Mingzhen Lu, Chuanbin Zhou, Chenghao Wang, Robert B. Jackson, Christopher P. Kempes
The production of waste as a consequence of human activities is one of the most fundamental challenges facing our society and global ecological systems. Waste generation is rapidly increasing, with corresponding shifts in the structure of our societies where almost all nations are moving from rural agrarian societies to urban and technological ones. However, the connections between these radical societal shifts and waste generation have not yet been described. Here we apply scaling theory to establish a new understanding of waste in urban systems. We identify universal scaling laws of waste generation across diverse urban systems worldwide for three forms of waste: wastewater, municipal solid waste, and greenhouse gasses. We show that wastewater generation scales superlinearly, municipal solid waste scales linearly, and greenhouse gasses scales sublinearly with city size. In specific cases production can be understood in terms of city size coupled with financial and natural resources. For example, wastewater generation can be understood in terms of the increased economic activity of larger cities, and the deviations around the scaling relationship – indicating relative efficiency – depend on GDP per person and local rainfall. We also show how the temporal evolution of these scaling relationships reveals a loss of economies of scale and the general increase in waste production, where sublinear scaling relationships become linear. Our findings suggest general mechanisms controlling waste generation across diverse cities and global urban systems. Our approach offers a systematic approach to uncover these underlying mechanisms that might be key to reducing waste and pursing a more sustainable future.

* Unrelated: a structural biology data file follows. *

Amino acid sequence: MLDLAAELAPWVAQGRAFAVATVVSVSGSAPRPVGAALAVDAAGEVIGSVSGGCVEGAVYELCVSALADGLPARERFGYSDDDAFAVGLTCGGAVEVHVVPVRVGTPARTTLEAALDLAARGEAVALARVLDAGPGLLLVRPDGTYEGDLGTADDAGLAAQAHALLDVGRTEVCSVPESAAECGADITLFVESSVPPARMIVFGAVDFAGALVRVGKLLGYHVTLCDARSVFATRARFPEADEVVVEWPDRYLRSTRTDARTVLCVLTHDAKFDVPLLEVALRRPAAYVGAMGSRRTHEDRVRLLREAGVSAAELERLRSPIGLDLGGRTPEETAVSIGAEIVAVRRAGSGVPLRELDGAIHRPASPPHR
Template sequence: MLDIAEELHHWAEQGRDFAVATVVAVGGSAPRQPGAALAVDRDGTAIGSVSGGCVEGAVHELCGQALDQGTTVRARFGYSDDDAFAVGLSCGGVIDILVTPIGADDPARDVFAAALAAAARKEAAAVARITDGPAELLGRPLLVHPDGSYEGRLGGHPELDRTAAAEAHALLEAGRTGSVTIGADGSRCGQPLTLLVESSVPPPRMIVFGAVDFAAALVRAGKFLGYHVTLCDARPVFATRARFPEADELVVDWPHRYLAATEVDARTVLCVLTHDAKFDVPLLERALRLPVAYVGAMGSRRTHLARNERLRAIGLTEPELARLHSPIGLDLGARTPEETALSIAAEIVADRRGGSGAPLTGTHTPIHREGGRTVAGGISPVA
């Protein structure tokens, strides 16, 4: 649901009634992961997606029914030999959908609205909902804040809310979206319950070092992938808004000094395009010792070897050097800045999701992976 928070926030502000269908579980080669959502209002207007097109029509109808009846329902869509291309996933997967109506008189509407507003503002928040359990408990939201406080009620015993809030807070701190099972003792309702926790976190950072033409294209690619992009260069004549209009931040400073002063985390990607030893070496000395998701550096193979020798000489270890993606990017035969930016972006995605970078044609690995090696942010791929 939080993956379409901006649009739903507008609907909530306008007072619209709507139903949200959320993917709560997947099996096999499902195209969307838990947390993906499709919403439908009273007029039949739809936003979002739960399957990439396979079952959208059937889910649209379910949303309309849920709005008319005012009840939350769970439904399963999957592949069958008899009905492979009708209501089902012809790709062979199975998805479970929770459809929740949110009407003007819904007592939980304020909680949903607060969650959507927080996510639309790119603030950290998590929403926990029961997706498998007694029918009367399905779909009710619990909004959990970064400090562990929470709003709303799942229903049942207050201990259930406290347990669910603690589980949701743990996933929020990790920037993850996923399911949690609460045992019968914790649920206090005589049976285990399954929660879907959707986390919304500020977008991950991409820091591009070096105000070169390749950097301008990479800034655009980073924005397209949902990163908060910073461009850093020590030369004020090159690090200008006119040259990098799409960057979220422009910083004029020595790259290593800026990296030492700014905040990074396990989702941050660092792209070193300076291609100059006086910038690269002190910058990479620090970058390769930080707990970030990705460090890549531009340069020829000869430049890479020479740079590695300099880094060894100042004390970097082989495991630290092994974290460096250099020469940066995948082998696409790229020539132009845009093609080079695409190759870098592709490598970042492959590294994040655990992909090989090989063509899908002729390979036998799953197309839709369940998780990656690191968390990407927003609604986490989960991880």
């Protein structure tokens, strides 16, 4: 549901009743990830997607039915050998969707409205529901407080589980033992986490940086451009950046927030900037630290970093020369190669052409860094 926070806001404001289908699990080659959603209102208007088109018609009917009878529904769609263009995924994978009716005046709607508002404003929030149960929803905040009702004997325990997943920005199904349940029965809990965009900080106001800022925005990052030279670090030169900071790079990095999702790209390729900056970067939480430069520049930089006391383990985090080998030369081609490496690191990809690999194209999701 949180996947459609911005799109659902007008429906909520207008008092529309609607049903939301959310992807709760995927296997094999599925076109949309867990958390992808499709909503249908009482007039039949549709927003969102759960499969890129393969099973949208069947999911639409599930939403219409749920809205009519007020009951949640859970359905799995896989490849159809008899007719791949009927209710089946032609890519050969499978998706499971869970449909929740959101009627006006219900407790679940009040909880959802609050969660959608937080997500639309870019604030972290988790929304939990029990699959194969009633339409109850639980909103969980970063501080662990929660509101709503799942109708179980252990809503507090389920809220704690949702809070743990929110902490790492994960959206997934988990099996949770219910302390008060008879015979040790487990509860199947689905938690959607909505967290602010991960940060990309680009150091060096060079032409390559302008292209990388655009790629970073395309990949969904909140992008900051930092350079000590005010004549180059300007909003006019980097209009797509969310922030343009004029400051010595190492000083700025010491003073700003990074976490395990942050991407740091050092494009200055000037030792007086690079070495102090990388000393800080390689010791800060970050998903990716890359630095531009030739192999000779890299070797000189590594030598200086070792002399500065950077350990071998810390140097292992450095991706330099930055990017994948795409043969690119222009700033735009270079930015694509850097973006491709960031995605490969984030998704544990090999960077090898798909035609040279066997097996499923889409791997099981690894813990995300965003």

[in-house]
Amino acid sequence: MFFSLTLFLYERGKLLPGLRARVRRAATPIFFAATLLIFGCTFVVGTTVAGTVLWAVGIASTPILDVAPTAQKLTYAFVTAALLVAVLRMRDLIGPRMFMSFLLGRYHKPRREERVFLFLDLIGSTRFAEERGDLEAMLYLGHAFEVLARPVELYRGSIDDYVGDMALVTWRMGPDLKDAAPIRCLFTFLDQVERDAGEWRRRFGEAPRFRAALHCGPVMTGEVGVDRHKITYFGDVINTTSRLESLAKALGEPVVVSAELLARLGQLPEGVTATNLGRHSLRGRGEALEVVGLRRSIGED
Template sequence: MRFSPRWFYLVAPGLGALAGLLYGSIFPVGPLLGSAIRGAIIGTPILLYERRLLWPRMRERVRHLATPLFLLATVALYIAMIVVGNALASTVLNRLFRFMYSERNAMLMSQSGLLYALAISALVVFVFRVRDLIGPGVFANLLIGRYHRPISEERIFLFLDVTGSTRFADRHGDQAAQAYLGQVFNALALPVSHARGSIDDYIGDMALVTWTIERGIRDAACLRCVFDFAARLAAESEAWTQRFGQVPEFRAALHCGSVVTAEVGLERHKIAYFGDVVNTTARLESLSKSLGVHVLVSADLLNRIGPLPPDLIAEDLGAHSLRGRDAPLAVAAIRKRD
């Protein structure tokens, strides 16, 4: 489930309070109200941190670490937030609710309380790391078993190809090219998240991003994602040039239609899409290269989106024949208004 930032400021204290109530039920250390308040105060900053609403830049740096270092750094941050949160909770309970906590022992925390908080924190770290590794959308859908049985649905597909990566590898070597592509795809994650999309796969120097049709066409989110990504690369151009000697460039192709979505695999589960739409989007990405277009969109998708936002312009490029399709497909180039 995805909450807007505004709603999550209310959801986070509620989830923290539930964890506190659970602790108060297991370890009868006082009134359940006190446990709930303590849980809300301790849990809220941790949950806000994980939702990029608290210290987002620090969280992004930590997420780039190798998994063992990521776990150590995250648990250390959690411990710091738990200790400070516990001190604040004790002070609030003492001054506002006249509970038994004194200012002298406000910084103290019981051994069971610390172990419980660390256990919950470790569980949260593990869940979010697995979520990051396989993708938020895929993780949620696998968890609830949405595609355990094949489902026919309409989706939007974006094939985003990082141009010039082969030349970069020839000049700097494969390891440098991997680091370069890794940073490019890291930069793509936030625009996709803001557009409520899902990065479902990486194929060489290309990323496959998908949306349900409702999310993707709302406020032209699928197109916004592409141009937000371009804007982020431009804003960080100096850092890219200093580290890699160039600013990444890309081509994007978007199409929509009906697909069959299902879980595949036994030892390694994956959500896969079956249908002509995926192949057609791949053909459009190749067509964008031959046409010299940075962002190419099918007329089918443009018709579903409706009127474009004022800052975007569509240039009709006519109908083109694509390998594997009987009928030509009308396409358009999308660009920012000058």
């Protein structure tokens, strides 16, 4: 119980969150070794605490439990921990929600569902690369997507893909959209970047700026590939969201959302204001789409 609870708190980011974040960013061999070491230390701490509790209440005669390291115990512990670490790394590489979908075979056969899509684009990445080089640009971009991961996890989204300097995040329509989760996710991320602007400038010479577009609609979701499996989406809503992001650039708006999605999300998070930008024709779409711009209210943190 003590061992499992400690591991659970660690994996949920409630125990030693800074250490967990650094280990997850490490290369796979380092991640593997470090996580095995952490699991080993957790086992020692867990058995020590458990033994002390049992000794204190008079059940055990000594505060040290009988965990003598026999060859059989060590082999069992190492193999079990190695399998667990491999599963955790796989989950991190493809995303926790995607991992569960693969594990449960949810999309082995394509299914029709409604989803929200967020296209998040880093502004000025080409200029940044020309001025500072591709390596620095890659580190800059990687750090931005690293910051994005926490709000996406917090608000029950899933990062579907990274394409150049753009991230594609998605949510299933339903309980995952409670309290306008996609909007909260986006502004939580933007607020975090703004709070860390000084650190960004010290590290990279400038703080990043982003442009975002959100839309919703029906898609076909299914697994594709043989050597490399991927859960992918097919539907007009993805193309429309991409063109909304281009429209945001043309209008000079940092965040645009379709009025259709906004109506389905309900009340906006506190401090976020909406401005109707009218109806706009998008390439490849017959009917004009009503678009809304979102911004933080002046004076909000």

Read the full article at: arxiv.org